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Vacation Day 7
Thursday , January 29th
Punta Arenas, Chile

Today the ship stopped in Punta Arenas, Chile and I took an all day, super expensive shore excursion to Torres del Paine National Park. The park is 300 miles or approximately 500K northwest of Punta Arenas.

HA Map

(Note: I have a map that shows it better than this one that I may be able to substitute at a later date.)

The easiest way to find it on this map is to find Punta Arenas which is located part way up the Strait of Magellan (at the end of the black line labelled as Punta Arenas). If you go straight up (or north) from there you will see an east/west line marking the border between Chile and Argentina. You will see where the west end of the line turns north then jogs west (or left) and then to the north again. The park sits just in line with and below that jog.

To do this trip in one day requires an airplane flight. The flight is to Puerto Natales. So we (meaning the 40 or so people on this excursion) left ship minutes after the ship docked at 7:00AM and headed to the airport. After going through all the processing that an airplane flight requires we went to our planes. There were 4 planes. One was a De Haveland Twin Otter (made in Canada, a number of years ago, by the way) and the others were smaller planes that I think were either Cessna's or Beach's I am not sure as I flew on the Twin Otter. We left first but arrived last as the other planes were faster than us and had fewer than the 17 people that were on our plane. The flight took approximately 45 minutes.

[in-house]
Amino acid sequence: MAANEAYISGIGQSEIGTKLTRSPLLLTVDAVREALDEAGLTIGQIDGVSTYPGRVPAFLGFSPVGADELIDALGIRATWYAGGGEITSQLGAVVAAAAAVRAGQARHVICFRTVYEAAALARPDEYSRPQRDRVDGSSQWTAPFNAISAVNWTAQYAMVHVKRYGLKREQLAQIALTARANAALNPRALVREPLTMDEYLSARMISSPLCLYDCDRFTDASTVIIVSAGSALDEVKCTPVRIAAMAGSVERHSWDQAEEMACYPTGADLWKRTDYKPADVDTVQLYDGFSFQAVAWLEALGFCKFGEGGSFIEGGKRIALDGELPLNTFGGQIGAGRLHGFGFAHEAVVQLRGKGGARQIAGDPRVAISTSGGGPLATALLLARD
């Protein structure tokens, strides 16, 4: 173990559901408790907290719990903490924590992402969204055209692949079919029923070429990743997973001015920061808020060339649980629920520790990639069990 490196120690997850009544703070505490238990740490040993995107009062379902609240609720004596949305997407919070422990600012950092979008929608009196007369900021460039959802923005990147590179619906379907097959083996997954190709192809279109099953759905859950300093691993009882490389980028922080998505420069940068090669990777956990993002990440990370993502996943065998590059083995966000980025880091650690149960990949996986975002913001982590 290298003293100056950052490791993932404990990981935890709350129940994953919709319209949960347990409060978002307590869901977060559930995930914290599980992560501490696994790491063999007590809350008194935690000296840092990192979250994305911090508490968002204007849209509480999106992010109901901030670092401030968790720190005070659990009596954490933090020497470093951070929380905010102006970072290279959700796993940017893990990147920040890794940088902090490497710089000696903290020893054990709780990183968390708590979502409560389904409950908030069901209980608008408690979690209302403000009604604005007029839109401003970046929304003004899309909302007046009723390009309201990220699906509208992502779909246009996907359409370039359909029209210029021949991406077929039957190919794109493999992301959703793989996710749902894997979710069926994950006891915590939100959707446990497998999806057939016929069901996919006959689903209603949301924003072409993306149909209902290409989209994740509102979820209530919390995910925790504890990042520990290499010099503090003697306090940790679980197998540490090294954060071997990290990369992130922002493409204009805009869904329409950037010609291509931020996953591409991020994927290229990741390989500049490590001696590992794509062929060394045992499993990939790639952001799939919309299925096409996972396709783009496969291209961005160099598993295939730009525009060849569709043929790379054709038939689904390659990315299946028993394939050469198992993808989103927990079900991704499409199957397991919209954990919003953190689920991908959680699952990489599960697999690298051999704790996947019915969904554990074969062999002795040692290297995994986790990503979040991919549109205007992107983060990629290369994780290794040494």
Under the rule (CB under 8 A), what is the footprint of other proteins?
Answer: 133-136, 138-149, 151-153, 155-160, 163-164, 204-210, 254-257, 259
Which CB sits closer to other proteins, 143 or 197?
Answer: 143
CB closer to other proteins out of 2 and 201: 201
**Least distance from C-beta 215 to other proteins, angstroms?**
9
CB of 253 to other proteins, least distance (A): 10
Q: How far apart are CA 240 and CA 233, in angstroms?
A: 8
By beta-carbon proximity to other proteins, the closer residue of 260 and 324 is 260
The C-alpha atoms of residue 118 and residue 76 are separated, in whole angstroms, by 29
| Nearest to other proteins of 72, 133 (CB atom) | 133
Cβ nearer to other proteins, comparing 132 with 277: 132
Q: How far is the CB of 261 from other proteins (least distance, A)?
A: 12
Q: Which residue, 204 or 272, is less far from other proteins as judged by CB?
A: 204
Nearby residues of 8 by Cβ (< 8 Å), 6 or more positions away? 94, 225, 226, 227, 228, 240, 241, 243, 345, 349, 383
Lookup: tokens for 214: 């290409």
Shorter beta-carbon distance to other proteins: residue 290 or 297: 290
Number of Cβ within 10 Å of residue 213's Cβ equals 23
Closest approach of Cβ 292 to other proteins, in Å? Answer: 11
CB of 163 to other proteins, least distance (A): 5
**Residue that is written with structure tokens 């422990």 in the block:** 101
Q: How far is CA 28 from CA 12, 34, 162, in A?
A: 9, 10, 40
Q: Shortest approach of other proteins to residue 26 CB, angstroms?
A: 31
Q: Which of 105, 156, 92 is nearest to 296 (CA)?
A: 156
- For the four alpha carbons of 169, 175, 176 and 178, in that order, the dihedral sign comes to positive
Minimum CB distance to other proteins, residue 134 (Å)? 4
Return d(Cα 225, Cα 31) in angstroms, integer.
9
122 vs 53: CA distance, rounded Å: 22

Here is a picture of it and the airport at Puerto Natales after our arrival there.

This is the Twin Otter I flew on. There were 17 (or so) of us on this plane. Here is the Twin Otter and one plus a bit of the other planes that got the group to Puerto Natales.

I thought I had a picture of the airport buildings but I can not find it.
This will have to do.

Once everyone was there, we boarded 2 busses and started on the 2 hour drive to the National Park. We stopped for a Coffee break at Cerro Casstillo which is not a very big place as you will see in the picture.

There is not a lot of detail to offer as the park part of the tour progressed. I will let the pictures and what detail I can remember I will include in the picture captions.

As we headed out of Puerto Natales we saw this. Taken threw a bus window as are many of these.
Some scenery along to way to the coffee stop.
These are an osteridge (sorry about the spelling but no spell checker I have has it in it) like bird who's name I cannot remember.
The coffee stop. It is out in the middle of nowhere. I was on the lighter coloured bus. The darker coloured bus was the other group.